Every virtual machine (VM) to be run using the macOS Virtualization framework is required to have a unique Machine Identifier (MID), generated when that VM is first created and installed. For macOS guests, that MID is used to determine the system Serial Number, Hardware UUID and Provisioning UUID. For most users this is of little impact, as this is all taken care of by the virtualising app and saved out of sight, inside the VM bundle.
Apple warns that trying to run two VMs with the same MID at the same time results in “undefined behaviour”, in other words it must be avoided, and could put both VMs at risk of damage or corruption.
One situation in which this could occur is when a VM is copied or duplicated, a tempting use of APFS’s ability to clone files efficiently. Currently, lightweight virtualisation has no specific means of making a ‘snapshot’ of a VM; a good workaround is to shut that VM down and duplicate its bundle, resulting in a clone with an identical MID. If the user were to try running both clones at the same time, that would result in “undefined behaviour”, and could put them both at risk. If you use VM cloning, you must ensure that doesn’t occur; if you only ever run one VM at a time, then it shouldn’t worry you.
Since I made my own free app Viable available, several people have asked whether it’s possible to create VMs with fixed MIDs, for various testing and deployment purposes. Following research into MIDs, I now offer a new version of Viable, beta 4 (1.0.4), which can do that. This article explains the limitations of MIDs, and how you can overcome them in Viable. I’m currently working on a new version of Liviable to do this with Linux VMs as well.
Changing existing VMs doesn’t work
As the MID is saved to a separate file inside both macOS and Linux VM bundles, the most obvious approach is to change that MachineIdentifier file. Unfortunately, that consistently causes that VM to freeze during boot. The only way to fix that is to restore the original MachineIdentifier file saved when that VM was first created and installed.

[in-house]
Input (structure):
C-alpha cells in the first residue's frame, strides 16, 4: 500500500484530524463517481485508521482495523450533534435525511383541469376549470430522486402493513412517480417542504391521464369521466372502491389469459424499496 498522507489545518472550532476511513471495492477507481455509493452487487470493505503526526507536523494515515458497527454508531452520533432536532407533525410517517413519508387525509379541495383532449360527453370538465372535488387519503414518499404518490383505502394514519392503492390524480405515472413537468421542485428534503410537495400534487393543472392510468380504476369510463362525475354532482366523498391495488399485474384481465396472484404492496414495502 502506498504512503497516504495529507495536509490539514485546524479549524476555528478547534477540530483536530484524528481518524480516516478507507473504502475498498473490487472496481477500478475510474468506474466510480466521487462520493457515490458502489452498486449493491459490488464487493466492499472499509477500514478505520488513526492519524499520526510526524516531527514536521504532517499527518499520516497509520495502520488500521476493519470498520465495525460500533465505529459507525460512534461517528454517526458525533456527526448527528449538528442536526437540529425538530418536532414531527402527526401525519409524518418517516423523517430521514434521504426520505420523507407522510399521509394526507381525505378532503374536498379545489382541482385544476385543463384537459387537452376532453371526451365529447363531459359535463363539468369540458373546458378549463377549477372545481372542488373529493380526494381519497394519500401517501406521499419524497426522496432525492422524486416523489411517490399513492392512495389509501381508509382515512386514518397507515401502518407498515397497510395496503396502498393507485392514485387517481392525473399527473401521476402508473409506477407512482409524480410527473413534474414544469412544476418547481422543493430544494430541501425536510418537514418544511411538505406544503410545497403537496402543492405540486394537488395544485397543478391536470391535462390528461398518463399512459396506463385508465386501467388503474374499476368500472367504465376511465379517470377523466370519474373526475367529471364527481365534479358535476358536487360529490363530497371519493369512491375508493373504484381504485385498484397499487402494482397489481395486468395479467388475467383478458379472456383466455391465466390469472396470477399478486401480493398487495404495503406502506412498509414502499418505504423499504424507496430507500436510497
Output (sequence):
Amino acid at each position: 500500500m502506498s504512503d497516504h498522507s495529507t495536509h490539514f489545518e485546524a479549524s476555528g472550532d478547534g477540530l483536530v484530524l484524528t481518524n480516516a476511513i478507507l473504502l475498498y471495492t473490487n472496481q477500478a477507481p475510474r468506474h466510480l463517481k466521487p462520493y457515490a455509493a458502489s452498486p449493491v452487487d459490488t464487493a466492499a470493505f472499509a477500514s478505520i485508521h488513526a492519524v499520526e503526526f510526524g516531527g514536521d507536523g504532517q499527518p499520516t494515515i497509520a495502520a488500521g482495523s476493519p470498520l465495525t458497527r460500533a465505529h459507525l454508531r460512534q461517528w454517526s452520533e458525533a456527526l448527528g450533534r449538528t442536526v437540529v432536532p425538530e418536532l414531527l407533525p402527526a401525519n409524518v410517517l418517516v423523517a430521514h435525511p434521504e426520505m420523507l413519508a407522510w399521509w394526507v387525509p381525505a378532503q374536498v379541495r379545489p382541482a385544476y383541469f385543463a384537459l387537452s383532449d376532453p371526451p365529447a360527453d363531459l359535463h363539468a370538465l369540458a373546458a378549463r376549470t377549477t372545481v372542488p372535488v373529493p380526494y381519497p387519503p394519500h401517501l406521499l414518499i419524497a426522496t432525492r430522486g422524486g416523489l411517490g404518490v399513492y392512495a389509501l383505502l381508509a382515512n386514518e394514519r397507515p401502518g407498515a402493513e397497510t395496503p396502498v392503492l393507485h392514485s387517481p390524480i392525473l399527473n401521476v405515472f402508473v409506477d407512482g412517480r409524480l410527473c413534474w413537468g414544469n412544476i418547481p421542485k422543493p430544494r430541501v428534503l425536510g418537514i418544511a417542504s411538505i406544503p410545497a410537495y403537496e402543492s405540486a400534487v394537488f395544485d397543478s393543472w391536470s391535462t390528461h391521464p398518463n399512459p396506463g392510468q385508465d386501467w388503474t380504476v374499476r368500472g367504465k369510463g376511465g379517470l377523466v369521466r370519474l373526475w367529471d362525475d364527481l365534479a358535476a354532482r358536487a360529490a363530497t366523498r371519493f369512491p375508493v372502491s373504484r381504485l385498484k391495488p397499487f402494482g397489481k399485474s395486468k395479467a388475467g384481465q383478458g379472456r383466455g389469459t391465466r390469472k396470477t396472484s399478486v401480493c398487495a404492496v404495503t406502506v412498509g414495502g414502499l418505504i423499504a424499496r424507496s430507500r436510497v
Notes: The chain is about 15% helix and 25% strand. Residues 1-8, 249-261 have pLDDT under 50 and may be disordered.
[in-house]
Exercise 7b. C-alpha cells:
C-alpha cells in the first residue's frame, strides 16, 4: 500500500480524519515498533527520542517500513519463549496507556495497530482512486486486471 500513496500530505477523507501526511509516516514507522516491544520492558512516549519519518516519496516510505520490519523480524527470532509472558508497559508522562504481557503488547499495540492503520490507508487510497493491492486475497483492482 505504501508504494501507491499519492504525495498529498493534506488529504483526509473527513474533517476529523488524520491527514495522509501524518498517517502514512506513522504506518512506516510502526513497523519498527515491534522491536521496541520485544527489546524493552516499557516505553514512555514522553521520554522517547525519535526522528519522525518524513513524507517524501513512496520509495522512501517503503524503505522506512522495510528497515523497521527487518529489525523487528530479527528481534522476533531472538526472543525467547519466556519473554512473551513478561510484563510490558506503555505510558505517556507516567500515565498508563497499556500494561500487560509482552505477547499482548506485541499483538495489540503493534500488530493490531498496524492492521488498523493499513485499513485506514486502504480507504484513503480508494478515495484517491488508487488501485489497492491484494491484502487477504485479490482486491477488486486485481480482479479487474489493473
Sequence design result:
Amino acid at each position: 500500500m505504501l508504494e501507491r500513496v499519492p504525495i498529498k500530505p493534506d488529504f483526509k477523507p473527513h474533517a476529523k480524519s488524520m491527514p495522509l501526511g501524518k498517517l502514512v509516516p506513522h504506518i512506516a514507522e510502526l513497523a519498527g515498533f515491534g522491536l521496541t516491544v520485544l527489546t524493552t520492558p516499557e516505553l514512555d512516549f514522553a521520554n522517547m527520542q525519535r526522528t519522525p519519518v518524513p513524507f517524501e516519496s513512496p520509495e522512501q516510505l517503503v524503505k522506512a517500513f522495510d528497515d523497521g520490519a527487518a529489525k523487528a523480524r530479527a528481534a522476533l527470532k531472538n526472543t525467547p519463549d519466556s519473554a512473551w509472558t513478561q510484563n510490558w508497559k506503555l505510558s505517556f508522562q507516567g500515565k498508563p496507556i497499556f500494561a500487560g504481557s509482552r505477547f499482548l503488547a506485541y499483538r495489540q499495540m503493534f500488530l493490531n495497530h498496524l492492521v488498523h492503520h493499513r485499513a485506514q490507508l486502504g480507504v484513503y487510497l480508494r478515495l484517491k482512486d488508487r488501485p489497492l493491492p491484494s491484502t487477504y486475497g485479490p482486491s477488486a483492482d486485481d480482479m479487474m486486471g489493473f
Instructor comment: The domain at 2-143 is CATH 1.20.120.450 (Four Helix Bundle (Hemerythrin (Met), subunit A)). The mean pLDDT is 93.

I next tried substituting a different MID when creating a VM Platform Configuration ready to boot an existing VM. This too caused the boot process to freeze. These confirm the warning in Apple’s documentation: “When you save a VM to disk and load it again, you must restore the hardwareModel, machineIdentifier and auxiliaryStorage properties to their original values.”
The conclusion is that the MID is baked into the rest of the VM when it’s created, and is (in macOS VMs at least) immutable. The only way to run a macOS VM with a known MID is to create it using a pre-existing MID.
The MID is opaque
Apple describes the MID as opaque data, and provides limited access to it, sufficient to save and retrieve it from the MachineIdentifier file on disk. MachineIdentifier files contain a binary property list in which the ECID key is paired with a very large integer. I’ve been unable to discover how macOS generates the Serial Number and UUIDs from that integer, so the data remains opaque: it can be created reliably by initialising a VZMacMachineIdentifier, either as a new unique MID or from its data representation. Other than those two methods, there doesn’t appear to be any reliable method for creating a custom MID.